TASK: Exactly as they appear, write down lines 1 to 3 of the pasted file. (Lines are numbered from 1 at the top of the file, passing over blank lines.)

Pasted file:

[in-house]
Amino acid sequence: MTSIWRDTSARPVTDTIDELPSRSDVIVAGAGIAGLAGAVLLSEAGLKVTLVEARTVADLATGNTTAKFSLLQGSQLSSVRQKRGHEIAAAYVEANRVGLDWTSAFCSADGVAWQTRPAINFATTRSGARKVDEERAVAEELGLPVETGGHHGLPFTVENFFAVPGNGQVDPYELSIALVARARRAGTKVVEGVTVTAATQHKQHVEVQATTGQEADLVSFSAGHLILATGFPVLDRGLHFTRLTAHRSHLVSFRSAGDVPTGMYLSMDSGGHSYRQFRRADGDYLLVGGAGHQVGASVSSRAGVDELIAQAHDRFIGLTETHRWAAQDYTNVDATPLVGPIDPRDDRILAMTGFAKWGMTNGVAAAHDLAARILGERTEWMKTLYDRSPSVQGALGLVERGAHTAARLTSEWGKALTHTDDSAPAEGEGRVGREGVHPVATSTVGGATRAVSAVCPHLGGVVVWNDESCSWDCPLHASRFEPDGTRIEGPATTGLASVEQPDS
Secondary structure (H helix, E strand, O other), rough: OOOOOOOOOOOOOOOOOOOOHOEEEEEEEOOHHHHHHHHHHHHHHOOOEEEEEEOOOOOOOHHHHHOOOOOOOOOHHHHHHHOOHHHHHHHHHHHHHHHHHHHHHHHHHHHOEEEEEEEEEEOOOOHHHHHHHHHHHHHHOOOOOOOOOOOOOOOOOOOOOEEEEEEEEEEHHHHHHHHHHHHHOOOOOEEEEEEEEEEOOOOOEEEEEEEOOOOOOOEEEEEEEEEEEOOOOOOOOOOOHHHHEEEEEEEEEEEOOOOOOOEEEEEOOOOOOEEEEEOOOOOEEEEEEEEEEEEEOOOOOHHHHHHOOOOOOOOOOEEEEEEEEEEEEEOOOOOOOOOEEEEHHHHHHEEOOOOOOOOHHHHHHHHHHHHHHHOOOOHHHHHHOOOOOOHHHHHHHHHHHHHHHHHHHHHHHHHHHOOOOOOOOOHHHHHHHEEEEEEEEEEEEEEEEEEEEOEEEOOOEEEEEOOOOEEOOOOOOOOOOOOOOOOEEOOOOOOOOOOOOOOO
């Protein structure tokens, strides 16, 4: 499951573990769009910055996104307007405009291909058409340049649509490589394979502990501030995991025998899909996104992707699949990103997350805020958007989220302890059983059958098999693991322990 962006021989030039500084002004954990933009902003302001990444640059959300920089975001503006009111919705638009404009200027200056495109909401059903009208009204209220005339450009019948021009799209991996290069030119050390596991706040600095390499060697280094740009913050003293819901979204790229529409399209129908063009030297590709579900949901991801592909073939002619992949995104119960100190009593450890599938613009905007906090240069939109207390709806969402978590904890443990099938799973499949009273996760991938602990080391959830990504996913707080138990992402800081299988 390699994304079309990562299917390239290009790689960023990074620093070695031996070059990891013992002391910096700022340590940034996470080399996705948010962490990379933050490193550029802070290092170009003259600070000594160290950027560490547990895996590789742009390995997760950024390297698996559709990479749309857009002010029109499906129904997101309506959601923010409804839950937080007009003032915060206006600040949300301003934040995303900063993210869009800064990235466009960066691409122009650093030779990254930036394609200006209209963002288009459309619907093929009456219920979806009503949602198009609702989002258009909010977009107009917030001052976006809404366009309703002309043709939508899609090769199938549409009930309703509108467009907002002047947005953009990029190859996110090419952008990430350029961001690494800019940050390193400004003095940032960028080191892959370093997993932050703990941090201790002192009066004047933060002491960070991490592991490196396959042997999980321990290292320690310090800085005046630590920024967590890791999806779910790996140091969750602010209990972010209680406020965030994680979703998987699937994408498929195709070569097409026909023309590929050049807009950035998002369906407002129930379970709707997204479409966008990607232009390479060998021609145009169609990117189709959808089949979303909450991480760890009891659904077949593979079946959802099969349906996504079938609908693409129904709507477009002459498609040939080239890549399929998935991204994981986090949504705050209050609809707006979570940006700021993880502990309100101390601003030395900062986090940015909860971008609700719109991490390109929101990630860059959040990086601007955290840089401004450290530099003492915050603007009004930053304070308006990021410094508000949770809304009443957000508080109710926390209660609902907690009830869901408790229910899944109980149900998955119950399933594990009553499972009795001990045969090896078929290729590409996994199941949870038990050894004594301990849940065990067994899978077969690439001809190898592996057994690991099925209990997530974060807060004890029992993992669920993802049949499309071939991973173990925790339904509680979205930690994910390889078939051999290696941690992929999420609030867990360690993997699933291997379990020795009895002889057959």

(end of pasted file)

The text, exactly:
[in-house]
Amino acid sequence: MTSIWRDTSARPVTDTIDELPSRSDVIVAGAGIAGLAGAVLLSEAGLKVTLVEARTVADLATGNTTAKFSLLQGSQLSSVRQKRGHEIAAAYVEANRVGLDWTSAFCSADGVAWQTRPAINFATTRSGARKVDEERAVAEELGLPVETGGHHGLPFTVENFFAVPGNGQVDPYELSIALVARARRAGTKVVEGVTVTAATQHKQHVEVQATTGQEADLVSFSAGHLILATGFPVLDRGLHFTRLTAHRSHLVSFRSAGDVPTGMYLSMDSGGHSYRQFRRADGDYLLVGGAGHQVGASVSSRAGVDELIAQAHDRFIGLTETHRWAAQDYTNVDATPLVGPIDPRDDRILAMTGFAKWGMTNGVAAAHDLAARILGERTEWMKTLYDRSPSVQGALGLVERGAHTAARLTSEWGKALTHTDDSAPAEGEGRVGREGVHPVATSTVGGATRAVSAVCPHLGGVVVWNDESCSWDCPLHASRFEPDGTRIEGPATTGLASVEQPDS
Secondary structure (H helix, E strand, O other), rough: OOOOOOOOOOOOOOOOOOOOHOEEEEEEEOOHHHHHHHHHHHHHHOOOEEEEEEOOOOOOOHHHHHOOOOOOOOOHHHHHHHOOHHHHHHHHHHHHHHHHHHHHHHHHHHHOEEEEEEEEEEOOOOHHHHHHHHHHHHHHOOOOOOOOOOOOOOOOOOOOOEEEEEEEEEEHHHHHHHHHHHHHOOOOOEEEEEEEEEEOOOOOEEEEEEEOOOOOOOEEEEEEEEEEEOOOOOOOOOOOHHHHEEEEEEEEEEEOOOOOOOEEEEEOOOOOOEEEEEOOOOOEEEEEEEEEEEEEOOOOOHHHHHHOOOOOOOOOOEEEEEEEEEEEEEOOOOOOOOOEEEEHHHHHHEEOOOOOOOOHHHHHHHHHHHHHHHOOOOHHHHHHOOOOOOHHHHHHHHHHHHHHHHHHHHHHHHHHHOOOOOOOOOHHHHHHHEEEEEEEEEEEEEEEEEEEEOEEEOOOEEEEEOOOOEEOOOOOOOOOOOOOOOOEEOOOOOOOOOOOOOOO